The DARIN III includes an open-system architecture mission computer, multi-functional displays, an engine and flight instrument system, a new fire control radar, a geodetic height correction system, and an inertial navigation system with satellite navigation.

The DARIN III Jaguars have also been equipped with the Israeli EL/M-2052, giving it an improved defensibility against electronic warfare jamming. By having multiple transceiver modules (TRM), each transmitting in a different radio frequency, the EL/M-2052 also has a lower probability-of-intercept of enemy radar warning receivers.

A pair of Indian Air Force Jaguars flying in formation besides a pair of Indian Navy Sea Harriers and a pair of U.S. Navy F/A-18 Super Hornets, flying over the Indian Navy aircraft carrier INS Virat during Exercise Malabar. Via: Wikipedia

In other words, the Jaguar DARIN III would be more difficult to detect and jam.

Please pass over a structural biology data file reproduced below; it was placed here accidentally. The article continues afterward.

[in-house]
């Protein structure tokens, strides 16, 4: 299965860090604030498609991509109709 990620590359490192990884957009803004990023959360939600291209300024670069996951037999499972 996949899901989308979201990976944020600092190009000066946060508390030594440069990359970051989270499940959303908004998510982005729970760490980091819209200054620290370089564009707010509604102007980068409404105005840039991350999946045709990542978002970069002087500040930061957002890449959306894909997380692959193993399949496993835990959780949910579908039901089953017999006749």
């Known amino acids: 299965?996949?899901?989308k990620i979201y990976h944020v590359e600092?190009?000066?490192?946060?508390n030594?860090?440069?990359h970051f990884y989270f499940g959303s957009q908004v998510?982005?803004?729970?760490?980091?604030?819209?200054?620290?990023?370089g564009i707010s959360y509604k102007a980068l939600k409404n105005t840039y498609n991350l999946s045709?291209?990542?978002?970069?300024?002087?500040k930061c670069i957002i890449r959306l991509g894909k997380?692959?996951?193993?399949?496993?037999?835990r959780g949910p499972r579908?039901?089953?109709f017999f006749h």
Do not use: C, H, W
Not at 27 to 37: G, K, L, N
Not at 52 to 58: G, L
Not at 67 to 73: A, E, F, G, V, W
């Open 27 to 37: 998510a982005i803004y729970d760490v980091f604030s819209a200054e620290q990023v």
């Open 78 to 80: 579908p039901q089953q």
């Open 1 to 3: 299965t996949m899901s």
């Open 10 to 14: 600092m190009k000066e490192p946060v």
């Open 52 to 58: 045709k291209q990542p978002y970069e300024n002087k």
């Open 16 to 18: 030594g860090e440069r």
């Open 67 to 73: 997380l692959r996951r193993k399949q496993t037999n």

EL/M-2052 is an advanced multi-mode radar capable of air-to-air, air-to-ground, and air-to-sea tracking, targeting, and engagement. Elta has not disclosed the radar’s range or the number of targets it can track and simultaneously engage.

However, the most important component of the aircraft, its engine, has yet to undergo upgradation. The aircraft, powered by two Rolls-Royce Adour Mk 811 turbofan engines, is underpowered. A more powerful engine is required to push its flight envelope and allow it to operate at high altitudes.

The aircraft keeps losing thrust with time and has lowered capacity by 15-20 percent due to an antiquated engine that needs replacement due to substantial wear and tear. As previously noted by the EurAsian Times, the aircraft is also under-equipped to carry out its combat missions effectively.

The Jaguar fleet has no specified airframe calendar life and is only based on the Fatigue Index. Based on the individual aircraft operational exploitation of the fleet, it is believed that it has an approximate residual of 10-15 years of airframe life.

The IAF aims to replace these aircraft with the indigenous Light Combat Aircraft (LCA) Tejas Mk-2.

  • Ritu Sharma has been a journalist for over a decade, writing on defense, foreign affairs, and nuclear technology.
  • The author can be reached at ritu.sharma (at) mail.com